Ok, what's this film about? You know, a freaking huge, cheesy monster...oh wait! Bryan Cranston is in the film! This could be good! The trailers look good. People say it is good. Wait, didn't people say that about Pacific Rim and its logic had more holes than I have in my underwear. Ok, I guess I'll give it a shot. . . I'm glad I did.
I would start out with a synopsis, but I think it is pretty evident what the film is about. There is a giant monster and he is dangerous. I think you find your way from there.
Normally I would start with my positives, but in the spirit of building up to the climax, à la Godzilla, I'm switching it up.
I have to say that the character building in the film is incredibly lacking. The emotional depth of the main protagonist, Ford, played by Aaron Taylor-Johnson, is hardly even there. I don't blame Aaron Taylor-Johnson for this. I know that he is a very talented actor. Though, they definitely could have given him scenes to build his character and showcase a more emotive human that we can root for. Instead we are given a stoic, nearly emotionless protagonist who stumbles upon a crisis and follows the events that are happening. In the end, you want to root for him but the depth isn't there to warrant a connection. This docks quite a few points from the quality of the film. Though, is he really the main character (Hint, hint, wink, wink at the title)?
The next paragraph is a SPOILER to talk about the misuse of a certain character.
I will also dock some points for the poor use of the Emmy awarded talent Bryan Cranston. Every scene he is in, he kills it and brings gravitas to the screen which is needed (especially for a film about monsters). I can only hope he is nominated for a supporting actor role for this film in the next Oscars. He is that good. Then they decide to kill him off. This might have made sense in a script in which a lesser actor had his role, but to not implement such a talent to his fullest doesn't make sense. Instead, they fill that time with a half-baked lesser character, who, don't get me wrong, is acted well, but never given the emotional depth needed to carry a lead role.
Then there is the pacing and movement. While at moments it is delicious, it drags on where it doesn't need to. When it comes to the climax, the big reveal takes a little too long, and the tease starts to wear off its magic. I could go further and suggest more innuendos and say “That's what she said”, but I'll try to be above that.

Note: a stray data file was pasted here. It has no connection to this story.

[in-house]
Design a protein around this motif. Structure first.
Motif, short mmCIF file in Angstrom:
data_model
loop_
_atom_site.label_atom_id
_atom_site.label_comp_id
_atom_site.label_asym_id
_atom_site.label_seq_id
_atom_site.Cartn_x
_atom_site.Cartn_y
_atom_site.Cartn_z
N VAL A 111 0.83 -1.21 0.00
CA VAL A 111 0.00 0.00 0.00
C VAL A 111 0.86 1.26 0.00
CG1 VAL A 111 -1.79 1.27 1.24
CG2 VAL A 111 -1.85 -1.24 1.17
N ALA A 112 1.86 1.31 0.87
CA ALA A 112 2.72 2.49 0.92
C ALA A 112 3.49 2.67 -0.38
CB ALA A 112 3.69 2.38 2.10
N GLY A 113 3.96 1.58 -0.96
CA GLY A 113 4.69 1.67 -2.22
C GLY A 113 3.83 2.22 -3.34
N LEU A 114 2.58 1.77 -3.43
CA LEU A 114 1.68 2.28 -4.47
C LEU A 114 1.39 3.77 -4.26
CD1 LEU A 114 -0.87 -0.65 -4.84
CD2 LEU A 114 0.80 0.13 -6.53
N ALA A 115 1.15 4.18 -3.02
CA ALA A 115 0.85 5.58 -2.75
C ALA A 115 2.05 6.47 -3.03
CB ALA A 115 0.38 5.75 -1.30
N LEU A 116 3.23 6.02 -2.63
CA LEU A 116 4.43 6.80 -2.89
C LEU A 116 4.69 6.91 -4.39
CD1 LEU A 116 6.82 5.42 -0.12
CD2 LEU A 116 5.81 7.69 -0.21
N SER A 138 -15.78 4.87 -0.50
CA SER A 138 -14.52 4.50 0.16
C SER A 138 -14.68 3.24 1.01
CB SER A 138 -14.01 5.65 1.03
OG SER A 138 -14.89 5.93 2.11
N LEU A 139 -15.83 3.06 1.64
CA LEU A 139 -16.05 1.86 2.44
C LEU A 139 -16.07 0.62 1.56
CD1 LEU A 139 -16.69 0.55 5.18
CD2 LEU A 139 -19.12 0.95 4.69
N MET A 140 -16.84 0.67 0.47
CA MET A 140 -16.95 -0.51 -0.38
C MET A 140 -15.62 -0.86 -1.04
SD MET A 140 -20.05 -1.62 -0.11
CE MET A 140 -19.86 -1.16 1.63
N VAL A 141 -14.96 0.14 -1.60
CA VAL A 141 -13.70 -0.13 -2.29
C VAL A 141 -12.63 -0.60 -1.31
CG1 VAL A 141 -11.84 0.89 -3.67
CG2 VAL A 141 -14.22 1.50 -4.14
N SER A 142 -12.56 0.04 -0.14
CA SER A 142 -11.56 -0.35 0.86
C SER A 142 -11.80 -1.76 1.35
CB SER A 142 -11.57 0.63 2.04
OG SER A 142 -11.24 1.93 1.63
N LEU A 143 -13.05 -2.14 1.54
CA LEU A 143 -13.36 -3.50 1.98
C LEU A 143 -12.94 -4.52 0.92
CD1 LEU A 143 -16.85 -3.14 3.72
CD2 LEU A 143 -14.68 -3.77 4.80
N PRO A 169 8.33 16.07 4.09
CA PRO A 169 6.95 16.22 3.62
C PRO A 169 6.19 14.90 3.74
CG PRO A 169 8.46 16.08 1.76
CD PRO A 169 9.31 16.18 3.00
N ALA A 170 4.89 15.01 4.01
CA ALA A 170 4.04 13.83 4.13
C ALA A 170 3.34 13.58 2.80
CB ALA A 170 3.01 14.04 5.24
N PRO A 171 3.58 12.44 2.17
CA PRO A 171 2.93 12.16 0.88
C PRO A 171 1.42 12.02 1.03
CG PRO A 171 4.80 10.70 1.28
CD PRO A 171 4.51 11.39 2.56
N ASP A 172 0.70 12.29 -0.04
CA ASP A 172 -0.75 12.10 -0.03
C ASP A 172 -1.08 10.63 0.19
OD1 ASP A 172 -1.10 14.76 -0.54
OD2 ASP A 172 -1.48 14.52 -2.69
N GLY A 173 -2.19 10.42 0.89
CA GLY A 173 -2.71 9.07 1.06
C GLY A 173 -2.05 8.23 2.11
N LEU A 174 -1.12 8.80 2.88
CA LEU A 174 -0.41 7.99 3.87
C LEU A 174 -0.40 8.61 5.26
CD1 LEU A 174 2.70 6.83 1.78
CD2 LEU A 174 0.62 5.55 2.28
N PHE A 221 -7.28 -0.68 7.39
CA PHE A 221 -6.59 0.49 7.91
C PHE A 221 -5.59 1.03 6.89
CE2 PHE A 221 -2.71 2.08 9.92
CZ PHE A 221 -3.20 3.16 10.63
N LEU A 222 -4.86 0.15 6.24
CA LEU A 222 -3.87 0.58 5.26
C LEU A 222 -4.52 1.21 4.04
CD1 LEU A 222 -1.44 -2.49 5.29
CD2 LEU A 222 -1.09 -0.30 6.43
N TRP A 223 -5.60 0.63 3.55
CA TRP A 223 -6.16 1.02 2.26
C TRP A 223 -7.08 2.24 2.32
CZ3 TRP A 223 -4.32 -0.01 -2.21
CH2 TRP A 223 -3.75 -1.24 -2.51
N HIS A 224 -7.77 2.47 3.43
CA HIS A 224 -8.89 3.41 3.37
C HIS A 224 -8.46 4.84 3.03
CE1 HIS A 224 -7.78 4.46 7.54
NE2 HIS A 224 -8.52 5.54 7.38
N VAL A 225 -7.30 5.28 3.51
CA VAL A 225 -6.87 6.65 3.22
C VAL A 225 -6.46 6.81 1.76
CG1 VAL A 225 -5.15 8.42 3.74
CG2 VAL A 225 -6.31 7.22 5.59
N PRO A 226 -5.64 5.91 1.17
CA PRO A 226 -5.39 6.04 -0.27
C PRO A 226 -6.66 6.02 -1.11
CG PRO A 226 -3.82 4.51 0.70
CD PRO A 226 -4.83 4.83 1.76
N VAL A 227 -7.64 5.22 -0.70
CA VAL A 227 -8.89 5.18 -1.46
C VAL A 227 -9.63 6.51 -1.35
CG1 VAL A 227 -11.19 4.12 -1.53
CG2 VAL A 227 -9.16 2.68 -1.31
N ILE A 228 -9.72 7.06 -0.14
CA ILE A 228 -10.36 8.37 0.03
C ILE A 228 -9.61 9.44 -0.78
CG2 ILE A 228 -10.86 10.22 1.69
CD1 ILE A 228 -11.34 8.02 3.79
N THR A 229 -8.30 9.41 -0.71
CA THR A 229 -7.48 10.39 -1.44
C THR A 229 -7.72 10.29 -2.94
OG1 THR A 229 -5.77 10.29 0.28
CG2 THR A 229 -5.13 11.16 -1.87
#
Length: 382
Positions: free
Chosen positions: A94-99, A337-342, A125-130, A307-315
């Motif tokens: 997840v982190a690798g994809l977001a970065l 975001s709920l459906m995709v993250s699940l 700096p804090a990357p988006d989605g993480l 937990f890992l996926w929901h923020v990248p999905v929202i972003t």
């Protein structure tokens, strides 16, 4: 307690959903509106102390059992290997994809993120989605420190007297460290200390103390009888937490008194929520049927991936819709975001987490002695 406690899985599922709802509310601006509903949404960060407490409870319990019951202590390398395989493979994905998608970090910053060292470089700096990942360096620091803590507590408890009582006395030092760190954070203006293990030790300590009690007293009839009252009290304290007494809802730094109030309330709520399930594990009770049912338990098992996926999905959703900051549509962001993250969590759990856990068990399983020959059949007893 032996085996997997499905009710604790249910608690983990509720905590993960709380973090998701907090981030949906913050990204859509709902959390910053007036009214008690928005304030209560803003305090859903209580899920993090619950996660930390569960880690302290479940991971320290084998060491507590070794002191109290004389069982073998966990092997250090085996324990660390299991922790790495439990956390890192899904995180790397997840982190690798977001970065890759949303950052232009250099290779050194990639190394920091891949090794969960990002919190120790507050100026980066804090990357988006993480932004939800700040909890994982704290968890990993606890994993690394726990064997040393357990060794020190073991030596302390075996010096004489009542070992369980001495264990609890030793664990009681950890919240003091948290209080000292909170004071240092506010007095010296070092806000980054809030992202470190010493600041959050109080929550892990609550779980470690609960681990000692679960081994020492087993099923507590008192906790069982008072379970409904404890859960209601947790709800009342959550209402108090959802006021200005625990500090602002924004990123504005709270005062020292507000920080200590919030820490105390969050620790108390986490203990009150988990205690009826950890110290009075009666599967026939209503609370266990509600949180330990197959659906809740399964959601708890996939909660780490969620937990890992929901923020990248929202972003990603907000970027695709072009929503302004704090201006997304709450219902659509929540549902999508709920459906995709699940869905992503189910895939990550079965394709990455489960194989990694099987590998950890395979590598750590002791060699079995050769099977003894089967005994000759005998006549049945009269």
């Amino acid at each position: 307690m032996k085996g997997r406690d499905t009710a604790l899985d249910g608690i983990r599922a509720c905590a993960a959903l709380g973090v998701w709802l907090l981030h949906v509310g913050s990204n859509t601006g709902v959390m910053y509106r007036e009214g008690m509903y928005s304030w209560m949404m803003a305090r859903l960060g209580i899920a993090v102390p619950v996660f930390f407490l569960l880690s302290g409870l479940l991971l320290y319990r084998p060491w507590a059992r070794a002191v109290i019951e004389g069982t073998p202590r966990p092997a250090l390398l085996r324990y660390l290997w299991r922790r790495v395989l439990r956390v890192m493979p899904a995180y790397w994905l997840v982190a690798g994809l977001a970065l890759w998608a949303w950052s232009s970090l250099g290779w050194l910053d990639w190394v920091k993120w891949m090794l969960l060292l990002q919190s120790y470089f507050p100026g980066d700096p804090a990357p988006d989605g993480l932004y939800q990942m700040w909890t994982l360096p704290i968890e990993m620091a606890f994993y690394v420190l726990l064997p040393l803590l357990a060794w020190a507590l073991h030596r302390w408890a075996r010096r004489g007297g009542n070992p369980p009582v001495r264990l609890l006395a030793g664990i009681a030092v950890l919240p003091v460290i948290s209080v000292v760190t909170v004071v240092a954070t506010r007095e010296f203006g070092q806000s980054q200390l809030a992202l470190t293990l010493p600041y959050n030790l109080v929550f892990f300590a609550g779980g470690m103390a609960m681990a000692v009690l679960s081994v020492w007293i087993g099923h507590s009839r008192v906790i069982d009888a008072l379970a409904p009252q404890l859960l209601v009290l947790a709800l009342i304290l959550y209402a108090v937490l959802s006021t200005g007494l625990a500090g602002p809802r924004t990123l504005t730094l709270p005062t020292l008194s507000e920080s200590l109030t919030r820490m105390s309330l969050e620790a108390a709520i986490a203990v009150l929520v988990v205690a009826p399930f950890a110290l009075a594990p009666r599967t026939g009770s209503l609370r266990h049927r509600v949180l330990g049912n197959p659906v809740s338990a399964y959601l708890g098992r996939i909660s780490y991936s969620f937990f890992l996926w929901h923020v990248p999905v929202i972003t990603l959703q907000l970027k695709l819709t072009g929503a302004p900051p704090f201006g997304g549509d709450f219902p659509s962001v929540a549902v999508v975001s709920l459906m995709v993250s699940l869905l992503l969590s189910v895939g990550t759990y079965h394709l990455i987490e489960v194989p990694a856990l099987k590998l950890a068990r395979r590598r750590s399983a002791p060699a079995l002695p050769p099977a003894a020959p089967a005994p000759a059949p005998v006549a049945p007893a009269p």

As far as the positives go, I'll start with Godzilla himself. I recently said that Smaug from The Hobbit: Desolation of Smaug could be the greatest cinematic creature ever created. Yeah. . . Godzilla takes his place. His presence on screen is above and beyond awe inspiring, and his roar rivals Benedict Cumberbatch's perfect voice any day.
While we are only half way through the year, I will make a prediction that Godzilla will win best visual effects at the Oscars. It is mind-blowingly good. I know that “mind-blowingly” is not a real word, but neither is the creature Godzilla, and they managed to make him work just fine. In all honesty, the visual effects are jaw dropping at moments and bring a gritty realism to ground the film in believability.
They are coupled beautifully with the best cinematography I have seen all year. The use of perspectives in the film is brilliant and make one really think about the terror such a force of nature would bring. From a poor dog, a lost child, or a terrified adult, Godzilla honestly showcases viewpoints of each intense situation. The sweeping shots and smooth movements are also incredibly impressive and give a sense of realism that subtly suggest it being epic without overplaying its hand.
The cast is also noteworthy. Bryan Cranston, as always, is brilliant. Elizabeth Olson, while I might have had her character story changed for the film, is nevertheless great. Furthermore, Ken Watanabe has a terrific presence, even if he is more or less playing a one note character, used to let the audience know the back story and direction of the film.
Though, more than anything, I love how this film is grounded in reality. Sure, when it comes down to it, we are talking about monsters taller than skyscrapers. That being said, it could have been incredibly cheesy and defied any form of reason. While not every film has to be completely believable, it more than helps with being immersed into the full cinematic experience. There is also something to be said with the way humanity is presented in the picture. We are both shown as frail and powerful in our perseverance. The response to the crisis and the relief efforts in the film give a real sense of this. They show a level of epic chaos while simultaneously showing the good in people.
Now we come to our climax. To be perfectly honest, I clapped when the credits rolled. The ending of this film is completely and utterly awesome. Looking back, the film in its entirety probably didn't warrant that level of enthusiasm. However, don't be confused. Godzilla is better than just a decent movie and its final act tears up the screen with a vengeance.
Personal Preference: 4/5
Critical Analysis: 3.5/5